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In a recent interview on CNN en Español I discussed the evolving role of the U.S. Federal Reserve Board and its implications for developing countries. People in Latin America are following this issue closely. That’s because the global crisis has reminded everybody that an unstable financial sector in the industrial countries has powerful ripple effects not only on the financial sector of developing countries but also on the real economy, with serious consequences for poverty and inequality.

The visibility of the Fed in financial markets has increased dramatically during the crisis. Essentially, Ben Bernanke redefined what it means for the central bank to be “lender of last resort.” Besides reducing interest rates to zero, the Fed created new facilities and largely broadened the scope of existing instruments, such as using repurchase agreements to absorb securities it had never before accepted. Some expressed concern that this new “activist” Fed could expose taxpayers to losses if these securities proved to be worth less than expected. Also, the broad provision of liquidity to a large number of diverse financial institutions without regard for the soundness of these institutions raised moral hazard concerns (i.e. worries that financial institutions might be more likely to take on excessive risk if they perceive that the Fed will bail them out in a crisis).

More recently, the proposed regulatory and supervisory authorities for the Fed are causing unease as well. Under the Obama administration’s proposal for financial regulatory reform, the Fed’s responsibilities would expand to include supervising all systemically important financial institutions, even if they are not banks (like AIG, for example). And, in addition to monitoring individual institutions, the Fed would monitor the risk to the financial system posed by their interconnections.

As I explained in the CNN en Español interview, I believe that the Fed’s proposed expanded regulatory and supervisory authority has merit for two important reasons: crisis management and crisis prevention. Regarding crisis management, it is important to recognize that in every major banking crisis around the world, the central bank is always called upon to inject liquidity to the financial system. But deciding how much to provide requires knowledge of both the quality of the financial institution needing the liquidity and the interconnections of that institution with the rest of the financial system.

As for crisis prevention, in my view, the current crisis could have been largely avoided—or at least greatly ameliorated—if the Fed understood the complex links between Lehman Brothers and other systemically important institutions (again, AIG is one such example). A central bank can only deal with a crisis effectively when it has sufficient knowledge of the entities involved and their interrelationships.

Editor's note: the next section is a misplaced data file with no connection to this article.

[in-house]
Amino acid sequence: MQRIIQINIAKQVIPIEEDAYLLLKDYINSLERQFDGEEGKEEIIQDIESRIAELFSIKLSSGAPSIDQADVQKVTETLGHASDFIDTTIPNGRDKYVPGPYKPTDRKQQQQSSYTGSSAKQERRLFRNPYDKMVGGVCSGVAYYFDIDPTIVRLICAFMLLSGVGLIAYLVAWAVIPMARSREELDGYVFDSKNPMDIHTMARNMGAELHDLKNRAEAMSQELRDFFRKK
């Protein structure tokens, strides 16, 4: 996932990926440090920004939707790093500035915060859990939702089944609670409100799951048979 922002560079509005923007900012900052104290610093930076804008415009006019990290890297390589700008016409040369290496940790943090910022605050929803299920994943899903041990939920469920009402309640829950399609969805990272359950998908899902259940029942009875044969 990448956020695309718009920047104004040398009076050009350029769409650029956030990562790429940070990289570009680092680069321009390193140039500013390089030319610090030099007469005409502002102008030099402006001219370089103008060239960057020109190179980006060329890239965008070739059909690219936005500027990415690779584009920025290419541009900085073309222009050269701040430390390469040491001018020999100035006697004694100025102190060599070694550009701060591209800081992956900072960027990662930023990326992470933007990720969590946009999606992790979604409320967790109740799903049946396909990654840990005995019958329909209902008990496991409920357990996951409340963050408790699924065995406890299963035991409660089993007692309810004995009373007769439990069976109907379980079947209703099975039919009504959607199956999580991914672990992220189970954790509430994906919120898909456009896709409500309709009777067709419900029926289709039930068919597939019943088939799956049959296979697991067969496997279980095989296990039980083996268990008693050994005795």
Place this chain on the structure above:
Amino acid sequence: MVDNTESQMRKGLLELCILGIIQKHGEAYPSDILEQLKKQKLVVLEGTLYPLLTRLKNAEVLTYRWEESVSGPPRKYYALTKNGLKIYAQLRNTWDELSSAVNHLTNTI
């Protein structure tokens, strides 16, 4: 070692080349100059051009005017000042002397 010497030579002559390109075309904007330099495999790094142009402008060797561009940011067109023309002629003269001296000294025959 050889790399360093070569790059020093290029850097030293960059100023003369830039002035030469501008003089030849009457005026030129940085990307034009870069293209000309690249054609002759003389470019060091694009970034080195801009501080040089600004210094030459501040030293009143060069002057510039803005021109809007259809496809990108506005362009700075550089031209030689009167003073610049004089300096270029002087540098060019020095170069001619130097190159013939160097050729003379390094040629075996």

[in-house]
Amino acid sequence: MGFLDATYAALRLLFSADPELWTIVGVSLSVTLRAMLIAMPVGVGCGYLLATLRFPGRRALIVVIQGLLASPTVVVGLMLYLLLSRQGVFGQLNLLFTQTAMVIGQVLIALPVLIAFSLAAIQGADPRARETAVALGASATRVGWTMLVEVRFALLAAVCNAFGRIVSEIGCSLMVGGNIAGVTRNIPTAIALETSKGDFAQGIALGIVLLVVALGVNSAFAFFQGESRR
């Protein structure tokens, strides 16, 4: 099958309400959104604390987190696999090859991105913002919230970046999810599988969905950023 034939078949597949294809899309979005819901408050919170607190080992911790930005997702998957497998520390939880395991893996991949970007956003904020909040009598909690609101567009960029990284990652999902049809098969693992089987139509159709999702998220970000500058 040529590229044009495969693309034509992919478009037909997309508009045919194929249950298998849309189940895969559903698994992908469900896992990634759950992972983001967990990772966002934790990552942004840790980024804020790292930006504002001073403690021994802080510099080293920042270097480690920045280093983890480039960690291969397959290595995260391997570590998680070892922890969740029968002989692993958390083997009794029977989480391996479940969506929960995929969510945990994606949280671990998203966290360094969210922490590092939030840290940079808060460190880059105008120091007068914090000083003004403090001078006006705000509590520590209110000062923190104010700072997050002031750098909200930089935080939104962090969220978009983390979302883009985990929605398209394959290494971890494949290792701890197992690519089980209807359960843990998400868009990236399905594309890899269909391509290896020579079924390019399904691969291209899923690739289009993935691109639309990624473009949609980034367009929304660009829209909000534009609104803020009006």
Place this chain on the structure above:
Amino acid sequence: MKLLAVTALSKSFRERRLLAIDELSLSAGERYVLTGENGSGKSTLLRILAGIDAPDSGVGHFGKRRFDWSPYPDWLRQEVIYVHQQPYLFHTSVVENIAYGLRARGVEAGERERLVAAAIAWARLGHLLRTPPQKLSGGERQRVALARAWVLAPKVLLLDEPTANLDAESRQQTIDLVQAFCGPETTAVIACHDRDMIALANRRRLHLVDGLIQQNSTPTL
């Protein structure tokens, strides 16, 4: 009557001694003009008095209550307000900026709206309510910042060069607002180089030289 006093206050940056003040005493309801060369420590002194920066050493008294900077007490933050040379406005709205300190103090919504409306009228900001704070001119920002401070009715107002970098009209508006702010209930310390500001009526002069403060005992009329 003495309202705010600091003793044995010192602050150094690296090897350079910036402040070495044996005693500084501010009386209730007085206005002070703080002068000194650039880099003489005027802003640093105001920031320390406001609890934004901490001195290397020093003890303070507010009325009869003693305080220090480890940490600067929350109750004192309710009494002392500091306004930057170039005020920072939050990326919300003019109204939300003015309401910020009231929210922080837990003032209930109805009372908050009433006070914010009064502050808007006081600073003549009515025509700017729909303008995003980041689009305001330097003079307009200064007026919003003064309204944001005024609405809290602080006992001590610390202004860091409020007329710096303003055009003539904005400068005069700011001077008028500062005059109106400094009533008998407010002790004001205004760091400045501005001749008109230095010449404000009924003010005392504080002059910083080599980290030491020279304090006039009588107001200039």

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But this does not mean that the Obama administration’s proposed “super-regulator” role for the Fed is not without risk. The independence of monetary policy, for example, could be questioned. The Obama Proposal would create a council of regulators chaired by the Treasury Secretary to “advise the Federal Reserve on the identification of firms whose failure could pose a threat to financial stability.” While communication among regulators is important, I fear this council could ultimately invite interference in monetary policy by giving the Treasury Secretary a lever into the workings of the Fed. Extreme care needs to be taken in the passing of a law to avoid such an undesirable outcome. In this same line of thought, the proposed Federal Reserve Transparency Act of 2009 is completely unacceptable. The bill would allow the Comptroller General of the Congress to audit the Fed’s discussions on monetary policy. This would severely curtail the Fed’s ability to pursue independent policy decisions. Protecting the autonomy of the Fed needs to be a central objective in new regulatory and supervisory legislation.

Getting the right division of supervisory responsibilities will be crucial to ensure the stability of the financial system in the United States and elsewhere. In my view, however, this will still not be enough to prevent global financial disruptions of the kind the world is now experiencing. In a globalized world, financial interconnectivity goes well beyond geographical borders, and so must financial supervision. This will ultimately require extremely close coordination among financial supervisors around the world or—in my view, even better—a global financial supervisor.

Disclaimer

CGD blog posts reflect the views of the authors drawing on prior research and experience in their areas of expertise. CGD does not take institutional positions.